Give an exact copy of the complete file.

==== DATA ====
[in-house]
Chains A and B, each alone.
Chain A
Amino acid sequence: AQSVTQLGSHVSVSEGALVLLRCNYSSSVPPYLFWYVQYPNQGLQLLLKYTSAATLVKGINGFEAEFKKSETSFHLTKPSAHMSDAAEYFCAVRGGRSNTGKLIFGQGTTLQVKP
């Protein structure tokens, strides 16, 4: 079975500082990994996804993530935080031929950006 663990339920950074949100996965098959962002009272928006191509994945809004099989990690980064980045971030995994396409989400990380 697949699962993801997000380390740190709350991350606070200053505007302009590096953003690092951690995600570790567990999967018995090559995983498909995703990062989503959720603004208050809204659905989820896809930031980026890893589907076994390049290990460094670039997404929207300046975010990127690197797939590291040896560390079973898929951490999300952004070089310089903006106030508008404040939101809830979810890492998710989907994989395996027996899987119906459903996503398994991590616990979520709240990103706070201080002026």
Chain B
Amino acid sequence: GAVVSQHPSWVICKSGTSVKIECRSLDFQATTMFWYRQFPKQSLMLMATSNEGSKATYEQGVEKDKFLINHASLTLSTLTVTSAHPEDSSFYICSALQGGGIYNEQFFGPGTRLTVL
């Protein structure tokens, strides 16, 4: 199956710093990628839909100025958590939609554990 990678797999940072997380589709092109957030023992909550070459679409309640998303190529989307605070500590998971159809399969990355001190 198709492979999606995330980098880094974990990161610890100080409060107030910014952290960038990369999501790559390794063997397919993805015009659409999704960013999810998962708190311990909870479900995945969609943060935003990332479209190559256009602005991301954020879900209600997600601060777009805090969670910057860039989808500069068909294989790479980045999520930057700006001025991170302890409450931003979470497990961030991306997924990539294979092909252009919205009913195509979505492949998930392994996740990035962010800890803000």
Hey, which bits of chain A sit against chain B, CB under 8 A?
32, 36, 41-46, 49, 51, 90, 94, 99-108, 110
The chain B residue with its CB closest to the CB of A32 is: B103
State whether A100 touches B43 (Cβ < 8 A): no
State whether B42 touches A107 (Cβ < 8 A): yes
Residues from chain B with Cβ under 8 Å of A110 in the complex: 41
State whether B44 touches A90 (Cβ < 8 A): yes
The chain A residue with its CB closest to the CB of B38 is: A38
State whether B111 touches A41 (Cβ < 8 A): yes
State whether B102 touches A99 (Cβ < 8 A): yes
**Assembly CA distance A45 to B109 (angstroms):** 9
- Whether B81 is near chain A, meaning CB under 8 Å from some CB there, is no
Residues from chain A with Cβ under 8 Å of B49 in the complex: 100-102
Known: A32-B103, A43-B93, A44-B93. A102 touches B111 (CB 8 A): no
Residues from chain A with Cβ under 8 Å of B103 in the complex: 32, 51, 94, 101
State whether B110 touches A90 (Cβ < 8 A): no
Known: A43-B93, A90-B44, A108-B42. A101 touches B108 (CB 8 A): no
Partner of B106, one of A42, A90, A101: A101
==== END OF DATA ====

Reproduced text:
[in-house]
Chains A and B, each alone.
Chain A
Amino acid sequence: AQSVTQLGSHVSVSEGALVLLRCNYSSSVPPYLFWYVQYPNQGLQLLLKYTSAATLVKGINGFEAEFKKSETSFHLTKPSAHMSDAAEYFCAVRGGRSNTGKLIFGQGTTLQVKP
């Protein structure tokens, strides 16, 4: 079975500082990994996804993530935080031929950006 663990339920950074949100996965098959962002009272928006191509994945809004099989990690980064980045971030995994396409989400990380 697949699962993801997000380390740190709350991350606070200053505007302009590096953003690092951690995600570790567990999967018995090559995983498909995703990062989503959720603004208050809204659905989820896809930031980026890893589907076994390049290990460094670039997404929207300046975010990127690197797939590291040896560390079973898929951490999300952004070089310089903006106030508008404040939101809830979810890492998710989907994989395996027996899987119906459903996503398994991590616990979520709240990103706070201080002026």
Chain B
Amino acid sequence: GAVVSQHPSWVICKSGTSVKIECRSLDFQATTMFWYRQFPKQSLMLMATSNEGSKATYEQGVEKDKFLINHASLTLSTLTVTSAHPEDSSFYICSALQGGGIYNEQFFGPGTRLTVL
């Protein structure tokens, strides 16, 4: 199956710093990628839909100025958590939609554990 990678797999940072997380589709092109957030023992909550070459679409309640998303190529989307605070500590998971159809399969990355001190 198709492979999606995330980098880094974990990161610890100080409060107030910014952290960038990369999501790559390794063997397919993805015009659409999704960013999810998962708190311990909870479900995945969609943060935003990332479209190559256009602005991301954020879900209600997600601060777009805090969670910057860039989808500069068909294989790479980045999520930057700006001025991170302890409450931003979470497990961030991306997924990539294979092909252009919205009913195509979505492949998930392994996740990035962010800890803000």
Hey, which bits of chain A sit against chain B, CB under 8 A?
32, 36, 41-46, 49, 51, 90, 94, 99-108, 110
The chain B residue with its CB closest to the CB of A32 is: B103
State whether A100 touches B43 (Cβ < 8 A): no
State whether B42 touches A107 (Cβ < 8 A): yes
Residues from chain B with Cβ under 8 Å of A110 in the complex: 41
State whether B44 touches A90 (Cβ < 8 A): yes
The chain A residue with its CB closest to the CB of B38 is: A38
State whether B111 touches A41 (Cβ < 8 A): yes
State whether B102 touches A99 (Cβ < 8 A): yes
**Assembly CA distance A45 to B109 (angstroms):** 9
- Whether B81 is near chain A, meaning CB under 8 Å from some CB there, is no
Residues from chain A with Cβ under 8 Å of B49 in the complex: 100-102
Known: A32-B103, A43-B93, A44-B93. A102 touches B111 (CB 8 A): no
Residues from chain A with Cβ under 8 Å of B103 in the complex: 32, 51, 94, 101
State whether B110 touches A90 (Cβ < 8 A): no
Known: A43-B93, A90-B44, A108-B42. A101 touches B108 (CB 8 A): no
Partner of B106, one of A42, A90, A101: A101